NASHVILLE, Tenn. – The United Auto Workers is bringing charges against Volkswagen for refusing to bargain with a group of skilled workers who won a union vote at the German automaker’s lone U.S. plant in Tennessee earlier this month.
The UAW’s Local 42 says in a filing with the National Labor Relations Board that a Volkswagen representative on Monday declined to recognize or bargain with the union.
The federal labour panel last week certified the maintenance workers’ 108-44 vote in favour of being represented by the UAW. It was the first time the union had won a vote among workers at a foreign-owned auto plant in the South.
Volkswagen opposed the creation of a bargaining unit for the group of workers who are responsible for repairing and maintaining machinery and robots at the Chattanooga plant. The company has announced plans to appeal the decision to allow the skilled tradesmen to create their own bargaining unit apart from the remaining 1,250 hourly production workers at the plant.
Volkswagen said the smaller bargaining unit goes against the company’s “one team” approach at the plant. A union vote among all of the plant’s hourly workers in February 2014 ended 712-626 against UAW representation after heavy campaigning by anti-labour politicians and groups.
A Volkswagen spokesman Monday afternoon did not immediately return a message seeking comment on the UAW’s charges.
UAW Secretary-Treasurer Gary Casteel, who also heads the union’s organizing efforts at foreign-owned automakers, expressed disappointment that the company won’t bargain with the workers who “overwhelmingly” voted to be represented by the union.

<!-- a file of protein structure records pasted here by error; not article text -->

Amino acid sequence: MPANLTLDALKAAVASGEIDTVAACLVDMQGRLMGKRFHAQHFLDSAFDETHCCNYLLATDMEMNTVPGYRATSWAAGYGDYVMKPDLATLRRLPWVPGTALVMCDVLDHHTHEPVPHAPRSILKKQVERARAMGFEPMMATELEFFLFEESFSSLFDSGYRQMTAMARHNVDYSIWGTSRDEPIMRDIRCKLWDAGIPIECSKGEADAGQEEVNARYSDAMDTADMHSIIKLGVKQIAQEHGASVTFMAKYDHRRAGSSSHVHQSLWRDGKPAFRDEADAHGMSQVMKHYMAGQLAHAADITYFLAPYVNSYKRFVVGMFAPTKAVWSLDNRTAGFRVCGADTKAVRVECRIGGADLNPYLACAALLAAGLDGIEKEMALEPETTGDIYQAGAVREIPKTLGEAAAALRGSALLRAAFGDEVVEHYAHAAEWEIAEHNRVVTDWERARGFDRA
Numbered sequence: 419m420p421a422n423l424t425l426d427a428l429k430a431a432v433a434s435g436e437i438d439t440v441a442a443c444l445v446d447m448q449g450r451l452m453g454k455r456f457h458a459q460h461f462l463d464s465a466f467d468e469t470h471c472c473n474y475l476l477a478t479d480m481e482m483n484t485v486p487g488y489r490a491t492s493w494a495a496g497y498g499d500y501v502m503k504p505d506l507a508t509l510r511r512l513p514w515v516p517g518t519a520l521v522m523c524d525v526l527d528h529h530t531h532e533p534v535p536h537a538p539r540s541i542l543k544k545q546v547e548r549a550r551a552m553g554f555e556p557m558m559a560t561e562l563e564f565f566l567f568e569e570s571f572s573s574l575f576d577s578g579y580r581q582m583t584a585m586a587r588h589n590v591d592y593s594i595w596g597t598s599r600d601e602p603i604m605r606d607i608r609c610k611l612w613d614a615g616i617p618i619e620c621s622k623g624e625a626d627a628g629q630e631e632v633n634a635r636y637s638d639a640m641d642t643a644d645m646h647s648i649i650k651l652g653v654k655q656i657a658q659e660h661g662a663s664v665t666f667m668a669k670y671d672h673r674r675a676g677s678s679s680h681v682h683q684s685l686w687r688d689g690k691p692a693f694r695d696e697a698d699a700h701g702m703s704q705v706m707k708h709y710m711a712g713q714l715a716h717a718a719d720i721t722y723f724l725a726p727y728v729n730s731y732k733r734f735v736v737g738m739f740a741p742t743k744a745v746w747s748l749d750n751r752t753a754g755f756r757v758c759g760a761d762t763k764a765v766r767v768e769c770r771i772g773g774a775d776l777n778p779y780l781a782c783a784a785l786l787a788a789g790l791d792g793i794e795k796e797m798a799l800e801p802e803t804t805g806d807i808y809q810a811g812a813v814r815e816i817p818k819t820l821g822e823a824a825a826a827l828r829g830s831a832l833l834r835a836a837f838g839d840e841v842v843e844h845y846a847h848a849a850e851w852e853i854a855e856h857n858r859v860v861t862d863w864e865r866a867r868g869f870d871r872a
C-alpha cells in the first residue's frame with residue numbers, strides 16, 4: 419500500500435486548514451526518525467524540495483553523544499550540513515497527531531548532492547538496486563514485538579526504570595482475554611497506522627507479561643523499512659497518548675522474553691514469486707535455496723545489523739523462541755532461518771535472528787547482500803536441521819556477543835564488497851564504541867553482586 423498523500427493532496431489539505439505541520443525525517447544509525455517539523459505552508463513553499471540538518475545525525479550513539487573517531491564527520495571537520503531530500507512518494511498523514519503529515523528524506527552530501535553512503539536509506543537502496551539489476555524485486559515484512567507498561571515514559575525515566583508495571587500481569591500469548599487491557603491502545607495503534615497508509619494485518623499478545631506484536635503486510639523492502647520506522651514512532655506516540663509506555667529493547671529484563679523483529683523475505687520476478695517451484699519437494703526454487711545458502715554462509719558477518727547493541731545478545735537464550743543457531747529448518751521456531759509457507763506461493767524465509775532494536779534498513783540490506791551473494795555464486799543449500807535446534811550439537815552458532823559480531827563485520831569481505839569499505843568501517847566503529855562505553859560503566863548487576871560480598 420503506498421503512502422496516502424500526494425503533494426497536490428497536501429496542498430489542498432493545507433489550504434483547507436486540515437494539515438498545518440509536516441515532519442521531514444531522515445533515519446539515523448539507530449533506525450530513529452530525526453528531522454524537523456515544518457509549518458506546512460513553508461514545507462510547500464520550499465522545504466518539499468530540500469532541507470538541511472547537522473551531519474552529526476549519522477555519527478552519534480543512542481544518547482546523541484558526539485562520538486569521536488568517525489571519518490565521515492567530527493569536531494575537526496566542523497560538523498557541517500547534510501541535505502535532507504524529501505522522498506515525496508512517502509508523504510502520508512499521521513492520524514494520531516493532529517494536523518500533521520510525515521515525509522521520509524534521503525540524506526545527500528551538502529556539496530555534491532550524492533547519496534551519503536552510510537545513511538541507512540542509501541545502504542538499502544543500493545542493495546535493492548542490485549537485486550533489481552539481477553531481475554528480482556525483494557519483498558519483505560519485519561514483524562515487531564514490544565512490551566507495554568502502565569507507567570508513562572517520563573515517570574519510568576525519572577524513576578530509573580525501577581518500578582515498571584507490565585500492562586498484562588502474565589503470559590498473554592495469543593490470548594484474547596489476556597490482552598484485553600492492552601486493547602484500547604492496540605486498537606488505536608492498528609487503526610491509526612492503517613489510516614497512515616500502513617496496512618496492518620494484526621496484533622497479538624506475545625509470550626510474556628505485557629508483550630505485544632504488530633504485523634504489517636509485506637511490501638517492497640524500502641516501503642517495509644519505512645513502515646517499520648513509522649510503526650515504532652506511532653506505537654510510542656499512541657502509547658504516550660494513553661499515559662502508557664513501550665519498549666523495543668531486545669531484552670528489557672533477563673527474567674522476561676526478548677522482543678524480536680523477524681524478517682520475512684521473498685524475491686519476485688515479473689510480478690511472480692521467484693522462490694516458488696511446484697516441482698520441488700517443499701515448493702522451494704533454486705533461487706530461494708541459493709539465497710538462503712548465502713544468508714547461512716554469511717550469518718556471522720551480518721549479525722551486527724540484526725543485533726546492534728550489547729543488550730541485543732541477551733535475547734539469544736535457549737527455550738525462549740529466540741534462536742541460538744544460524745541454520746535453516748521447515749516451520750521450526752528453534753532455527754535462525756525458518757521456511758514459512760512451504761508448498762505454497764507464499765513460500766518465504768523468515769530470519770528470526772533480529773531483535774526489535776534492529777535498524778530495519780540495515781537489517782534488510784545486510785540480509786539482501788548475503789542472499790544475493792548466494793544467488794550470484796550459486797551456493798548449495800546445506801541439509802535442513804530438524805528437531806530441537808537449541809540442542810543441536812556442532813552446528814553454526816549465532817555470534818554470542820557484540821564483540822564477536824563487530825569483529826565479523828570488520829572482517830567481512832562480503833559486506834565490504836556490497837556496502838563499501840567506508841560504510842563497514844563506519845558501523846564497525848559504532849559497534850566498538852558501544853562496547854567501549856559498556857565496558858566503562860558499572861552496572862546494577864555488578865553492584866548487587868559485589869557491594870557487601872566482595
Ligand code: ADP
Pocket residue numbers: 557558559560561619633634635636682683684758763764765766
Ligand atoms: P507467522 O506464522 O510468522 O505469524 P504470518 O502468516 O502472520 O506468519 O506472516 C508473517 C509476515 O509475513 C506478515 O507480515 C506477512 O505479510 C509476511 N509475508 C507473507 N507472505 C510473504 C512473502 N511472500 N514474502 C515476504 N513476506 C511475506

“By refusing to engage in collective bargaining after a successful election, Volkswagen is not only doing a disservice to its employees but now is thumbing its nose at the federal government as well,” Casteel said.
Bill Ozier, an attorney with the Nashville law firm Bass, Berry & Sims who has represented employers in labour issues for more than 40 years, in a recent interview called it unlikely that the national labour panel controlled by Democrats will overturn the creation of the skilled-trades bargaining unit at Volkswagen.
Ozier said the only way to get the case to the courts would be to refuse to bargain with the UAW. That would draw an unfair labour practices complaint from the NLRB, which could then be challenged in federal appeals court.
The NLRB decision to allow the vote by the subset of Volkswagen workers drew heavily on a 2011 ruling in favour of certified nursing assistants at a Mobile, Alabama, rehabilitation centre. That decision was upheld in 2013 by the 6th U.S. Circuit Court of Appeals — the same court that would handle any Volkswagen challenge to NLRB decision on the UAW unit at the Tennessee plant.